Post Classifieds

Professors face mass incarceration with education

By LUCY DIECKHAUS & LAUREN CUTULI
On April 3, 2014

  • Biology sophomore Kevin “The Killa” Abanilla, right, faces off against Marco “The Gecko” Reyes at Friday Night Fights on Sept. 16. ELIZABETH KUNZIG/STAFF PHOTOGRAPHER

In the city with one of the highest levels of incarceration, a team of professors is trying to inject humanities into prison, one poem at a time.
Mark Yakich, a Loyola University English professor, is part of the team that works with Nik De Dominic, a Delgado Community College professor, in a program aimed at teaching English to inmates in Orleans Parish Prison.
The Orleans Parish Prison English Program hopes to serve the massive prison population in New Orleans.
According to the Federal Bureau of Justice Statistics, the United States is the mass incarceration leader of the world.
In Louisiana, one out of every 86 adults is serving a prison sentence, and the inmate population in the state has more than doubled in the last 20 years, according to the U.S. Department of Justice.
"OPP in theory is a temporary holding facility. That said, people will spend a significant amount of time there," De Dominic said.
Because inmates' time in Orleans Parish Prison is longer than projected, De Dominic believes this program is vital.
De Dominic said when he moved to New Orleans in 2009, he initially worked with Bard Early College, and he chose to create a similar program after their program could not continue in the prison.
"Seeing students work through their confidence and develop self-confidence in their writing and developments of their voice keeps me doing it every semester," De Dominic said.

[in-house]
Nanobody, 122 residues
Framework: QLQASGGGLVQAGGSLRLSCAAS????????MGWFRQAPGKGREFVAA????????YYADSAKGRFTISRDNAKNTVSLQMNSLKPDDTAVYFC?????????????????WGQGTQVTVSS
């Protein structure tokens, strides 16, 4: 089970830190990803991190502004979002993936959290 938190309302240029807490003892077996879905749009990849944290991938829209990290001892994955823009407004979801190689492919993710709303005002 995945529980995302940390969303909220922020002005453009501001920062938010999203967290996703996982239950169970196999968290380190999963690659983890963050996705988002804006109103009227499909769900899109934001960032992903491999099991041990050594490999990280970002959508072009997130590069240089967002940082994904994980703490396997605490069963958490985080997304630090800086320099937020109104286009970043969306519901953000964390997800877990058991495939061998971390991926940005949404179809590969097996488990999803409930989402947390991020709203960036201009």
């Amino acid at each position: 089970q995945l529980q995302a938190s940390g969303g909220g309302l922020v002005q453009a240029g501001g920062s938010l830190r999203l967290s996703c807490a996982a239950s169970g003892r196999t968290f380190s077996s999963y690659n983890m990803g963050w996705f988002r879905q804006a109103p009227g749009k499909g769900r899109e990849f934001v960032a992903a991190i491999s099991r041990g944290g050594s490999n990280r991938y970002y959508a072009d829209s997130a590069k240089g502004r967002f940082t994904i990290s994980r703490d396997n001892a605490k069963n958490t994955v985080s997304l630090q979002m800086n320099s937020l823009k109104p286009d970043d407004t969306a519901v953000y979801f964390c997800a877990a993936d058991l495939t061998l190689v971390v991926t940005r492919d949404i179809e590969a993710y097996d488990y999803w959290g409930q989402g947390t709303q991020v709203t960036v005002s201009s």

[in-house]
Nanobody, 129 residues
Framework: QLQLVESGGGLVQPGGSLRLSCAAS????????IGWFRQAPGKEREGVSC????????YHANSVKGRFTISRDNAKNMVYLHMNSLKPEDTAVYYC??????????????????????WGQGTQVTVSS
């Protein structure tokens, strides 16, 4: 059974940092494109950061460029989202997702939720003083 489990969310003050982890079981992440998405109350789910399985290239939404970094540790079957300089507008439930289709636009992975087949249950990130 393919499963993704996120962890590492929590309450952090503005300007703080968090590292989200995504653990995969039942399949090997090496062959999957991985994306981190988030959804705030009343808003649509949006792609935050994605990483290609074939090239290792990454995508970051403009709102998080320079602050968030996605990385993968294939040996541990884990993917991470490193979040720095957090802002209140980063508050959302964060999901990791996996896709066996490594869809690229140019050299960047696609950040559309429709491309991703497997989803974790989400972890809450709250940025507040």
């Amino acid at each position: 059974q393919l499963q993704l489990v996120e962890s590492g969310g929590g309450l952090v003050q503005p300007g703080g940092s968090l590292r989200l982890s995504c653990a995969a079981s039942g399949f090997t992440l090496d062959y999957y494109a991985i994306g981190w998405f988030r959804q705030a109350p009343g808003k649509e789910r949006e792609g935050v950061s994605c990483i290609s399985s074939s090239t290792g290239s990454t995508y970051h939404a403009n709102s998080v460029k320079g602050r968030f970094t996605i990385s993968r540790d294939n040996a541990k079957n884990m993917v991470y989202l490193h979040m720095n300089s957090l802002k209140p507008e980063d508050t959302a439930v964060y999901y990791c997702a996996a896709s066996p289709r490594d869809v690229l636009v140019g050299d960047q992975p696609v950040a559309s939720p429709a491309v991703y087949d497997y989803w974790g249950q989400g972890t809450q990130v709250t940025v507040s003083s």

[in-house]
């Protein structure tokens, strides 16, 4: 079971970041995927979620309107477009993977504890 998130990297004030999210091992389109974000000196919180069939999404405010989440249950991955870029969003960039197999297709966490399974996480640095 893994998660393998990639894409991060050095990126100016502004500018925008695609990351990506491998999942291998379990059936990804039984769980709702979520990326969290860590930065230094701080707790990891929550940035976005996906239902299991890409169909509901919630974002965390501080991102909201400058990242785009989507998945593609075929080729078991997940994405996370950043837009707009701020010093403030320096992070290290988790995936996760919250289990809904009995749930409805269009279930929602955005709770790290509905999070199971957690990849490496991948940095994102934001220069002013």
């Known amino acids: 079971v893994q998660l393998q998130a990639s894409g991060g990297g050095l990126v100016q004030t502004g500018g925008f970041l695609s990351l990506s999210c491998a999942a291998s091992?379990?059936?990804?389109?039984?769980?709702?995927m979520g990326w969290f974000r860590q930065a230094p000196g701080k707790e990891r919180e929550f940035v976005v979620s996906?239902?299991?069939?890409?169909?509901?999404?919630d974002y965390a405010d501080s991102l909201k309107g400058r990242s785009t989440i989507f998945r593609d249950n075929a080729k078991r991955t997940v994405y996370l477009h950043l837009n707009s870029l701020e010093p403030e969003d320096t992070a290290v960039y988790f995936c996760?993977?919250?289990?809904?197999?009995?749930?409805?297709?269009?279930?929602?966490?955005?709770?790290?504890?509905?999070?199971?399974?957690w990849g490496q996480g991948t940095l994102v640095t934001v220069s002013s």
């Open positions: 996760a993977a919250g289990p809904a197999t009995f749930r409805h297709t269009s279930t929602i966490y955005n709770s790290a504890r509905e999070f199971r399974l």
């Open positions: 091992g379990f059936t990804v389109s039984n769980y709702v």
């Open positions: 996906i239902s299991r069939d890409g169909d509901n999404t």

De Dominic has seen issues at Orleans Parish Prison first-hand, and he draws on whoever wants to come in to teach.
Yakich contributes one poetry class to the 16-week program.
Although the program does not offer college credit, Yakich said his efforts target a different principle - a person's opportunity to learn and grow.
"They seem to give you a different take on literature," Yakich said. "The guys are certainly on the lower end of the socio-economic scale, but they are certainly not on the lower end of intelligence. Moreover, their intelligence is both cerebral and street-smart."
Yakich said his student-inmates respond to works like Walt Whitman's "Leaves of Grass" in unexpected ways.
"Whitman's poem includes things most of us avert our eyes to - homelessness, the poverty, being down-and-out. Because many of the inmates have witnessed these things first-hand, the poem speaks to them clearer than to most readers," Yakich said.
Sometimes class turns personal. Yakich described an encounter with a 19-year-old student, and how the student was able to talk about his background through a poem the student had written.
"From 12 to 13, he'd had to take care of his mom and sister, try to be the bread-winner of the family because his father was gone," Yakich said. "The content of the poems sounds cliché, but it was his delivery in a clear, vibrant baritone and the obvious effort he'd put into the poem. I could tell that he'd practiced it hundreds of times just to get the right word in the right order."
Yakich said he believes his most successful students share similar qualities, whether they learn in a prison or at Loyola University.
"The best students at OPP are similar to my best students at Loyola: curious, hard-working, critical thinkers who want to improve their lives," Yakich said.
The importance and accessibility to education is behind the efforts of the Orleans Parish Prison English Program.
De Dominic said he believes his students may not be the average poet or writer, but they demonstrate progress during the classes.
"You don't have to have a higher level of literacy to tell a good story," De Dominic said.
Lauren Cutuli can be reached at lecutuli@loyno.edu
Lucy Dieckhaus can be reached at ljdieckh@loyno.edu 


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